Bird Clubs in India
When Bird Clubs started in India, they were generally seen as hobby clubs for the well to do. Who else would drive miles every Sunday with expensive cameras and binoculars to click bird photographs?
May be the Clubs started elite but they have now evolved into activist groups and think tanks for environment looking for contributing positively to save the environment. Birds and wildlife are not vote banks which put them in an area of least concern.
Ministries and Departments meant to work towards wildlife conservation often are not sure how to view these citizen clubs which want to do good without any personal agenda.
Delhi Bird Club
Delhi bird is 67 years old!
"We are an interactive egroup which exists to share information about birds in Northern India and the issues that affect them. We seek to help and encourage newcomers to the study of birds and enable birdwatching visitors and short-term residents to meet
fellow enthusiasts who live in India.
We use the group to collect and collate valuable bird records from Northern India and to discuss unusual sightings and other identification issues." reads the vision document in the Delhi Bird yahoo group
The group is supported by regular field outings in the Delhi area and stimulating talks in the Habitat Centre, WWf India etc. in New Delhi. Their website http://www.delhibird.net provides the documentation for recent sightings, site and conservation information
and identification tips to be presented and consulted by members.
Active members of Delhi Bird have been filing PILs in court when bird areas faced threats. A case in point is when the Noida Authority was directed to disburse the project cost of revamp and overhaul of the Okhla Bird Sanctuary in compliance of a Supreme
Court of India order, in a case filed by environmentalist, Anand Arya. Arya had filed a case against the denudation and environmental distress caused to the ecology of the Okhla Bird Sanctuary because of the construction of the Noida Park.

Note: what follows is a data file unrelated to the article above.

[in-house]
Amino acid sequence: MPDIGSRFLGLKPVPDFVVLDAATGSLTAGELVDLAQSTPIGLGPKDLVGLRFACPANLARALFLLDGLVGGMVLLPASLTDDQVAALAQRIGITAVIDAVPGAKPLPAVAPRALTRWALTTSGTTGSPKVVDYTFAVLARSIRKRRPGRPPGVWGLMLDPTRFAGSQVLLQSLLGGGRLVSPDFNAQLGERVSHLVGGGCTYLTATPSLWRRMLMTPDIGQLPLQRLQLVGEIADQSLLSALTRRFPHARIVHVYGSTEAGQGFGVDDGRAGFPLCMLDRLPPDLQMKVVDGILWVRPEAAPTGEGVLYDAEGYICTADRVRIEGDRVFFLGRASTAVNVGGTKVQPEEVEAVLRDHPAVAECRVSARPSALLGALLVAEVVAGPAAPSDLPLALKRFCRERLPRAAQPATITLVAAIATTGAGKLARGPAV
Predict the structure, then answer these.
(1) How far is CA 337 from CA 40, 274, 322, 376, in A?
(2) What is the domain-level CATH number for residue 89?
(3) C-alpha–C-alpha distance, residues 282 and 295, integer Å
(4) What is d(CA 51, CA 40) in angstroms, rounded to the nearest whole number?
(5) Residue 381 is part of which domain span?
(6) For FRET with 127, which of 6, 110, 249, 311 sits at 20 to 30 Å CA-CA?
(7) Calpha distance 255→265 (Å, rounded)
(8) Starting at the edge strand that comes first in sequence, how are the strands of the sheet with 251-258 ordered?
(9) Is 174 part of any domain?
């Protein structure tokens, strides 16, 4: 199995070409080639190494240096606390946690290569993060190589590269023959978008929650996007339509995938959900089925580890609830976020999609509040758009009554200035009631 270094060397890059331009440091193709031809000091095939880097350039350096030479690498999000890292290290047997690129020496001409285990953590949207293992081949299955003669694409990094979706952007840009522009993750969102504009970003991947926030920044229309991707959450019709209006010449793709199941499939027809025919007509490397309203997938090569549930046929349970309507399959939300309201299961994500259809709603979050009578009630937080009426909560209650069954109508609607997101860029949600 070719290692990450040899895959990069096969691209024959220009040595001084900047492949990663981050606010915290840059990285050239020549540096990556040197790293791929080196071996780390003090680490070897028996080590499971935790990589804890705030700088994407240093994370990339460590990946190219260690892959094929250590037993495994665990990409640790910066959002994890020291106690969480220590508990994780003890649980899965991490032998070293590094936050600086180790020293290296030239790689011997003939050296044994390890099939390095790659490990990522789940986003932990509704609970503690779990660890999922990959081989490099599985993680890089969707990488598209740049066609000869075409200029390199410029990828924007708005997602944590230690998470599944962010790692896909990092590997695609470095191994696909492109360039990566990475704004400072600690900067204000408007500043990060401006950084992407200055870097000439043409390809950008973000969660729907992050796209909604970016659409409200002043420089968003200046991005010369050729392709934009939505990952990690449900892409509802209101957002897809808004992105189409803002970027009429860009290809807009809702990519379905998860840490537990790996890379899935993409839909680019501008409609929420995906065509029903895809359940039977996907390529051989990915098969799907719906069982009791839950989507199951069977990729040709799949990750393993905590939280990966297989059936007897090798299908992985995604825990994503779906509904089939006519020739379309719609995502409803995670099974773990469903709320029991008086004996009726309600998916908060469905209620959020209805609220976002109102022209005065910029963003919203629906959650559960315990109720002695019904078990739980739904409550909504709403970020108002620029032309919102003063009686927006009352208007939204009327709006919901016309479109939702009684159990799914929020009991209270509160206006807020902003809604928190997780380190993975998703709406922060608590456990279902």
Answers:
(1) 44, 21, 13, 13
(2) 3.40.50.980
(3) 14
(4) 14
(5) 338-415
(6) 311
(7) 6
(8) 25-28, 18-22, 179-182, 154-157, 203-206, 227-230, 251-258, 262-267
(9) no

The NGO Delhi Bird Foundation has currently obtained a stay in the proposed construction and demolition (C&D) waste treatment plant, which is supposed to come up at Basai, a wetland rich in bird diversity.
Despite a request from the Municipal Corporation to lift the stay on the construction of the plant, the green tribunal decided to maintain status quo till the next hearing.
The tribunal was hearing a plea filed by NGO Delhi Bird Foundation, seeking a stay on the project contending that the Basai wetland, though not declared as a notified wetland under the 2010 Wetland (Conservation & Management) Rules, was a valuable water
(Photo by Nikhil Devasar)
Appreciating the tribunal's direction, Pankaj Gupta of Delhi Bird Foundation said, "The state government never called Basai a notified wetland because they never took any initiative to do so." Earlier, following the directive of the tribunal, the irrigation
and water resources department prepared a list of 51 wetlands in Haryana for identification and notification of wetlands across the state.
The Basai wetland doesn't find any mention in the list, which has been submitted to the Union ministry of environment, forest and climate change (MoEF&CC).
(Times of India report)
Chandigarh Bird Club
Comparatively new is the Chandigarh Bird Club, which has been taking part in bird census around Punjab and Himachal Pradesh and documenting the results with http://eBird.org. Apart from organizing birding trips regularly, the Club has started educating
villages around birding areas by distributing water bowls for birds, organizing photo exhibitions etc.
A unique initiative of the Club is to organize monthly sit down meetings for members where birding is the main topic discussed. I happened to attend one of these meetings and was amazed at the energy levels and passion of this group with members from
diverse backgrounds, young and old. The meeting decides the activity for the next month. Planning for major initiatives like bringing out 1000 copes of bird booklets for school children is also done in these meetings
Bird clubs are truly evolving as think tanks for nature lovers.